Saturday, January 03, 2009

The End of an Era

It's actually been a few days since this was announced, but I didn't hear about it until this morning. The Village Voice has laid off Nat Hentoff.

Now 83, Hentoff had been writing for the paper since 1958--almost as long as it's been in existence:
“With all due immodesty, I think it doesn’t help to lose me because people have told me they read The Voice not only for me, but certainly for me,” was his wry comment on the layoff, which was ostensibly brought on by the Voice's financial woes.

As folks say around here, that ain't just whistlin' Dixie. But for Hentoff, I'm hard pressed to think of any other reason why I might have ever gone to the Voice's website. From what I've seen there, I've had to conclude that about half the material in it (excluding ads, which seem to account for the lion's share of the site) is of interest only to New Yorkers and possibly those visiting the city and looking for things to do there. The other half appears to consist of sordid depravity this middle-aged country girl couldn't begin to envision. That doesn't add up to a whole lot of readin' fer those of us out here in the boonies.

As a college girl, I became a Hentoff fan through his syndicated columns in the Washington Post and other newspapers. While out of the country during the 90's, I got my fix of him, George Will, and a few other good writers by way of them newfangled internets (once we got online.) This inevitably led me to the Voice's site, but I abandoned them a couple of years ago in favor of Jewish World Review on observing that, strangely enough, Hentoff's pro-life columns didn't seem to be getting published there anymore (did the paper's takeover by Time have anything to do with that? Hmmm.) While desperate times may call for desperate measures, I'm suspicious that the columnist's refusal to walk in lockstep with leftists whose respect for the civil rights of others is limited to the extrauterine able-bodied may have made tough times a handy excuse for the editorial board to rid itself of a turbulent writer.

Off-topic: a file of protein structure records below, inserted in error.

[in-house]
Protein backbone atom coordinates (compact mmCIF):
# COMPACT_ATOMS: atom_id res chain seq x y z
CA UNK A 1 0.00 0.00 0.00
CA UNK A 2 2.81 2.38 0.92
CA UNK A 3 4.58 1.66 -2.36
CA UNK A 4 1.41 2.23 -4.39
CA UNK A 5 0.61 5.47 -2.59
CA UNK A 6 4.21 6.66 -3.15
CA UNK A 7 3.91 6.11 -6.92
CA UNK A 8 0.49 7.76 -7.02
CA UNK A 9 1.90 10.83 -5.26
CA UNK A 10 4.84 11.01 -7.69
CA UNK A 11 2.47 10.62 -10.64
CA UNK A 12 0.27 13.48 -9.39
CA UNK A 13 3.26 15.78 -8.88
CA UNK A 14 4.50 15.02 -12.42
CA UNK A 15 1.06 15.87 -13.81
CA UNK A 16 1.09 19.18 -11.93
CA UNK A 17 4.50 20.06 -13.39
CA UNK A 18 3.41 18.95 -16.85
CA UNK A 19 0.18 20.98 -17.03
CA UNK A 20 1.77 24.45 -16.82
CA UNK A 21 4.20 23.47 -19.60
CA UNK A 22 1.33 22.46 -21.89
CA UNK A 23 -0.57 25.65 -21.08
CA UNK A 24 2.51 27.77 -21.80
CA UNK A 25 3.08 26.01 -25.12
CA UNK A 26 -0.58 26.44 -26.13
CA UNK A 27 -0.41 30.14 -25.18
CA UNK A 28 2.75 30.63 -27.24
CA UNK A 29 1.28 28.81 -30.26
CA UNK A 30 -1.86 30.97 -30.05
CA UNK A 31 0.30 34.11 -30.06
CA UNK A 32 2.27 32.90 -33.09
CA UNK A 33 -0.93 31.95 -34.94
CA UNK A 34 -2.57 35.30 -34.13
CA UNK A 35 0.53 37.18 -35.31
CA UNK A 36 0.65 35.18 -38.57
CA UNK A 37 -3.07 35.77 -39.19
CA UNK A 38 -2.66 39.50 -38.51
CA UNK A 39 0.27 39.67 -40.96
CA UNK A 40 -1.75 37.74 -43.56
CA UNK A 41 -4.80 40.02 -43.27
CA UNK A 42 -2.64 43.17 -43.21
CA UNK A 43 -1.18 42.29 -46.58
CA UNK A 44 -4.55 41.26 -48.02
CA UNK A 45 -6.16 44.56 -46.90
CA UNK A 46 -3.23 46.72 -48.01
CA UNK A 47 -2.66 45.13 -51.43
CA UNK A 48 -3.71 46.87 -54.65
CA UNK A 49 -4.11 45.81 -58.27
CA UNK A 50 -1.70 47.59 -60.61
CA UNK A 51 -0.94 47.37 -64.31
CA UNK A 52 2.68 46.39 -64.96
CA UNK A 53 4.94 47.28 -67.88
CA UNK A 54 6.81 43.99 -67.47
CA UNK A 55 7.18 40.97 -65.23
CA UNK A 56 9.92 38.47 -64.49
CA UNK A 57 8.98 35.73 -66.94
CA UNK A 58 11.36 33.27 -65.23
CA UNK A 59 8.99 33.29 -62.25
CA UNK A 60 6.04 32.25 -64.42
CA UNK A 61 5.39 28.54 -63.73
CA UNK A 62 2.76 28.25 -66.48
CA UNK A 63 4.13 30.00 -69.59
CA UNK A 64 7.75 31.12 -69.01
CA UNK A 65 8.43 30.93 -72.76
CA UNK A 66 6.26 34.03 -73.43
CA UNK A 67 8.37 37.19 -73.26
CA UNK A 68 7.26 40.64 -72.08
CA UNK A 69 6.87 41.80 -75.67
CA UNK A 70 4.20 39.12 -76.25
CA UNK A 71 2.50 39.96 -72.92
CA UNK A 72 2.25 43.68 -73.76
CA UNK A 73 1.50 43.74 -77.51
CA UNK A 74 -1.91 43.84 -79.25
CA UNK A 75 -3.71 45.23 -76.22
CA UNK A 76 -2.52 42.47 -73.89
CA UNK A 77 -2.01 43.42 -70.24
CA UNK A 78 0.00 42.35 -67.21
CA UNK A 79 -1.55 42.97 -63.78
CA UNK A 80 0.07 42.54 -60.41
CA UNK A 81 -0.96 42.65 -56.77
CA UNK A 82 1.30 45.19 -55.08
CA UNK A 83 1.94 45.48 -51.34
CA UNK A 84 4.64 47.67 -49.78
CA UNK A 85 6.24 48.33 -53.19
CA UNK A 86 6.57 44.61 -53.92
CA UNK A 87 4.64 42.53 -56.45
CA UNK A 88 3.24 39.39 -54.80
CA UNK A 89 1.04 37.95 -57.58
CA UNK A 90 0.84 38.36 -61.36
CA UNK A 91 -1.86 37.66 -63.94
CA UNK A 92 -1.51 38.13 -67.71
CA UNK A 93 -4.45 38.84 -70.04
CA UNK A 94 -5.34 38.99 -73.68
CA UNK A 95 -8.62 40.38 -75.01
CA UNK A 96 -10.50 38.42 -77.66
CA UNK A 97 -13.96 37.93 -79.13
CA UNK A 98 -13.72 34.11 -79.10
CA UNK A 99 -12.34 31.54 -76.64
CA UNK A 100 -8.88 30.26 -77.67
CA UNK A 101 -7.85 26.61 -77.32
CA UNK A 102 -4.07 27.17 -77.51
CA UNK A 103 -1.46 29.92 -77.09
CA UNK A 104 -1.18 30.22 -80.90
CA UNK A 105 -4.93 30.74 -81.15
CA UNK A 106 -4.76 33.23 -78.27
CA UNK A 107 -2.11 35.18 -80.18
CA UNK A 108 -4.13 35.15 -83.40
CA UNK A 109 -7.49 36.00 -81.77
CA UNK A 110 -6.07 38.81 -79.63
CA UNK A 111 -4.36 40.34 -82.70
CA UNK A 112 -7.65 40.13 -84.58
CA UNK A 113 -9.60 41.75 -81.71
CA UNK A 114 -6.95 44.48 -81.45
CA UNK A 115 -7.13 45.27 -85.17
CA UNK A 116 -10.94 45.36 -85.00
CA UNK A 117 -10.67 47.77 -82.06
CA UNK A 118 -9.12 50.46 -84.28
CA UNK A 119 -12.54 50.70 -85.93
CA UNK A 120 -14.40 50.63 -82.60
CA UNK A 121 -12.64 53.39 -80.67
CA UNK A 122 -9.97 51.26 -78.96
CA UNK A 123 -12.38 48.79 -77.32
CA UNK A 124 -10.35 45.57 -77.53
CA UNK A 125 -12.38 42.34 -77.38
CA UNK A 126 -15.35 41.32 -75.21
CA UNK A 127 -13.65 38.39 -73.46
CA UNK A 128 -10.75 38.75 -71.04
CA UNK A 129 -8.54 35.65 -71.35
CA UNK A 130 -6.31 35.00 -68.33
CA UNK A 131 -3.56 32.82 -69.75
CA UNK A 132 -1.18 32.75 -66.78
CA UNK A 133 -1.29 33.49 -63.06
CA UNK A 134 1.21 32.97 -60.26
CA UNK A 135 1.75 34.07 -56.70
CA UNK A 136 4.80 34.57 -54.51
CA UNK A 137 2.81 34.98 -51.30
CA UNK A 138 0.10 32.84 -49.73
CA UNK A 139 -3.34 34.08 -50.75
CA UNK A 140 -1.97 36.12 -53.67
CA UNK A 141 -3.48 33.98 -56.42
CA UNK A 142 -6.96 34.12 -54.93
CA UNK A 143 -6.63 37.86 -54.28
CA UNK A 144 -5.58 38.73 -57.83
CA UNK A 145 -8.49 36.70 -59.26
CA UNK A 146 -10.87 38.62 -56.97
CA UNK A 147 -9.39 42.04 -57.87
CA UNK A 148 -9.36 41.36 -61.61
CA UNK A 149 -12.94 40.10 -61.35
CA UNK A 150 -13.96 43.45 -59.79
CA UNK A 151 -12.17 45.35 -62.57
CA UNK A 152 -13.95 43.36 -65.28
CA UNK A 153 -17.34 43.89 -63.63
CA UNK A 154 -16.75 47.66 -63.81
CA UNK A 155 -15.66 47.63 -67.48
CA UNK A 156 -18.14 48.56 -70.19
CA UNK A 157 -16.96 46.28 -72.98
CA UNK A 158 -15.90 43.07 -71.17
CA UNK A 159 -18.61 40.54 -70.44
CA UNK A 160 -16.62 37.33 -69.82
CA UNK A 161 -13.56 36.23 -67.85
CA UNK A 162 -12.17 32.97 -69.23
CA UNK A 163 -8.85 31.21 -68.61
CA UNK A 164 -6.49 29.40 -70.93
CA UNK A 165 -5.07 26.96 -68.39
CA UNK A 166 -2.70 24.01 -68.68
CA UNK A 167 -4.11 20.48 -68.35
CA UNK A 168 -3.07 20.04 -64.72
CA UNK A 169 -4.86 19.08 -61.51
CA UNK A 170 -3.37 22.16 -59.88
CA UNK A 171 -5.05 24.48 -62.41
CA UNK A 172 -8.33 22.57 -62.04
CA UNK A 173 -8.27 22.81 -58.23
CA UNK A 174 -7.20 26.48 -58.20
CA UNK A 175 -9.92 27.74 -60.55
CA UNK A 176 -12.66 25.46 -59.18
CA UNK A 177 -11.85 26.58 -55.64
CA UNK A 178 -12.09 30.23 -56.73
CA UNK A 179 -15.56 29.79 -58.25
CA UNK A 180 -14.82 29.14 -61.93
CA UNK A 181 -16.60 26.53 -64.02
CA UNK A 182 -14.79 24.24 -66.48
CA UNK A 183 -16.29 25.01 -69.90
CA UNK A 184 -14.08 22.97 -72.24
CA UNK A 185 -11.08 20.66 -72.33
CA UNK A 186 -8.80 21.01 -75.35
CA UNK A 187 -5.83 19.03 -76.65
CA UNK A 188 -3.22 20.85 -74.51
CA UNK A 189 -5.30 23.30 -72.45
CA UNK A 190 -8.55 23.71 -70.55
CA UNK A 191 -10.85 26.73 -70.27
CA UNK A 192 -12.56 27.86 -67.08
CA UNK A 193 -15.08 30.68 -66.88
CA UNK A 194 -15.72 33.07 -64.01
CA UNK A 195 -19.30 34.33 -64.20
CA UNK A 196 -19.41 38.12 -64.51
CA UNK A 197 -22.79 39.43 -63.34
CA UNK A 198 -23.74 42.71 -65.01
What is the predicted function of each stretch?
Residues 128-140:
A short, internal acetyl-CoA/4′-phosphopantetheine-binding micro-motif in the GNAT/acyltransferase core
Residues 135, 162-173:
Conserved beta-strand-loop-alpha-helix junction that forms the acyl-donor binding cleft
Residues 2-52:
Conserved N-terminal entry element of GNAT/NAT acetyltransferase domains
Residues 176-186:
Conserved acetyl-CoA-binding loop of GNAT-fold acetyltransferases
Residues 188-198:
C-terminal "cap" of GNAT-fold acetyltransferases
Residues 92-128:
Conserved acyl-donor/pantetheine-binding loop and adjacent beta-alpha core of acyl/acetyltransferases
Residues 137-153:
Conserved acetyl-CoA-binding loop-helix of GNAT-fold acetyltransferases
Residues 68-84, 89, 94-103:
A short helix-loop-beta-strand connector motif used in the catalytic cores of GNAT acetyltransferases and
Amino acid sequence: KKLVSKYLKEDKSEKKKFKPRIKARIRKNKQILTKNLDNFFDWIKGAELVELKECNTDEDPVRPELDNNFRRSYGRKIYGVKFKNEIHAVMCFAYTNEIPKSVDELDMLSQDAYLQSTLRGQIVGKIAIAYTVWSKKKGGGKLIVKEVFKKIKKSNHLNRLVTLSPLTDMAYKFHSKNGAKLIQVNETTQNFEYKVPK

I believe the sacking of Hentoff, who's been in the business long enough to have interviewed Che Guevara (he wasn't wowed, by the way,) will ultimately be a greater loss than a savings to the Voice. It seems I am not alone in this view.

Enjoy what remains of your slow decline, Voice. I'm sticking with Nat.



Blogger Tim said...

When I lived in NYC for a few years back in the mid 80's I always wanted to put out a parody of the Voice called the Village Void but since most of my meager salary went to food and rent, it never happened.

I'm surprised to hear that they actually had even one good writer on staff at any time in their history.

12:53 PM  
Blogger CMinor said...

Thanx for stopping by, Tim.

Unfortunately for them, they just lost the one they had. He is good, and I consider him well worth reading even when I disagree with him.

Fortunately for the rest of us, he's still writing and we have the Internet.

7:12 PM  

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